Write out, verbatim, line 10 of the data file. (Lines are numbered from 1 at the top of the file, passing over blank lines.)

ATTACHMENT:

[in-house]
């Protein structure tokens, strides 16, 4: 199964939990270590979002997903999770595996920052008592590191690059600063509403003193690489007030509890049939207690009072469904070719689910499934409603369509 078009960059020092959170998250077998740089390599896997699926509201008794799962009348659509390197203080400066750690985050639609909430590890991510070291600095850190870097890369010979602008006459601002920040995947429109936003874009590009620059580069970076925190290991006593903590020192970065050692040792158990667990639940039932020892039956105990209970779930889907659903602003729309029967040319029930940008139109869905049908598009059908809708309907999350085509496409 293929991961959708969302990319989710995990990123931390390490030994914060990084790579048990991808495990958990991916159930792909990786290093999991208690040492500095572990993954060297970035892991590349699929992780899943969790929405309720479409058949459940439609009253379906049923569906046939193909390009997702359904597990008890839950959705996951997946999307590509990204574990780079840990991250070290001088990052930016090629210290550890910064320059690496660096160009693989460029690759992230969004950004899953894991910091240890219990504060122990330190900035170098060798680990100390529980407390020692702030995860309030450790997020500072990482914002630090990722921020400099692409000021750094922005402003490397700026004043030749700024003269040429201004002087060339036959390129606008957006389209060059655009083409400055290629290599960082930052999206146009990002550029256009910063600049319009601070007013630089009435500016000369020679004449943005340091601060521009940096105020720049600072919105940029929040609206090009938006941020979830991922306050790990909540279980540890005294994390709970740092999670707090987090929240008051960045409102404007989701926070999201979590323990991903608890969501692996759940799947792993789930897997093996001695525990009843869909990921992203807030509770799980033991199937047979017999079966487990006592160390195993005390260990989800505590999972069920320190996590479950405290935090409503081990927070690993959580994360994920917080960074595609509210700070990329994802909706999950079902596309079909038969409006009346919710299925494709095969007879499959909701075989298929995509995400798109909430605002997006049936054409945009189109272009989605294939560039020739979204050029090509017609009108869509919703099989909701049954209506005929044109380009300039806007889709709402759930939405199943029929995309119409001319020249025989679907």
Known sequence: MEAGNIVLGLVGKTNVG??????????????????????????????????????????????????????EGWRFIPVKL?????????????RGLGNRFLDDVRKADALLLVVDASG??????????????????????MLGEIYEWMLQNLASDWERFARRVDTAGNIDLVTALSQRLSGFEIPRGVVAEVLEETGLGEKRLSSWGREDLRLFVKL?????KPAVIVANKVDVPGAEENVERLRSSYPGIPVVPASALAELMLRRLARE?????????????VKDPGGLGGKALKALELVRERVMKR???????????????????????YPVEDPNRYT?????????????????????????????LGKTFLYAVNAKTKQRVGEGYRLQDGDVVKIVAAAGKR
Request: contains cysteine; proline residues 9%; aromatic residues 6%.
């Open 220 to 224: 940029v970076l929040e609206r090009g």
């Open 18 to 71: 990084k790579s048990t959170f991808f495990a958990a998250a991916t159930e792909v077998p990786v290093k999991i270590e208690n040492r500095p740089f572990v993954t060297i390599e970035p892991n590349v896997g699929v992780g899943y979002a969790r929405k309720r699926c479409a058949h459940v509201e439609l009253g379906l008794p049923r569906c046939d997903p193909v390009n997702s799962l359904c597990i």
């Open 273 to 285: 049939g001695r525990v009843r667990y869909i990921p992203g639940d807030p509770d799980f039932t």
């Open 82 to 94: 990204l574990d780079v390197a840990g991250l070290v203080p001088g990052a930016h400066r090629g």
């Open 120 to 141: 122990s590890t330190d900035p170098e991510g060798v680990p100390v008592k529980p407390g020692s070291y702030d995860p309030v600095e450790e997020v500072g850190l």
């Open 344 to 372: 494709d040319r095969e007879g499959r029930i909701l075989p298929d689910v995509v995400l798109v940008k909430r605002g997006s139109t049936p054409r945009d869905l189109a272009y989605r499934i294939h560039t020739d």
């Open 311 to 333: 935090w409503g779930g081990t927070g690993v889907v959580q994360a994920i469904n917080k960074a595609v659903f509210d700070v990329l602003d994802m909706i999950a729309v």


């Open 344 to 372: 494709d040319r095969e007879g499959r029930i909701l075989p298929d689910v995509v995400l798109v940008k909430r605002g997006s139109t049936p054409r945009d869905l189109a272009y989605r499934i294939h560039t020739d």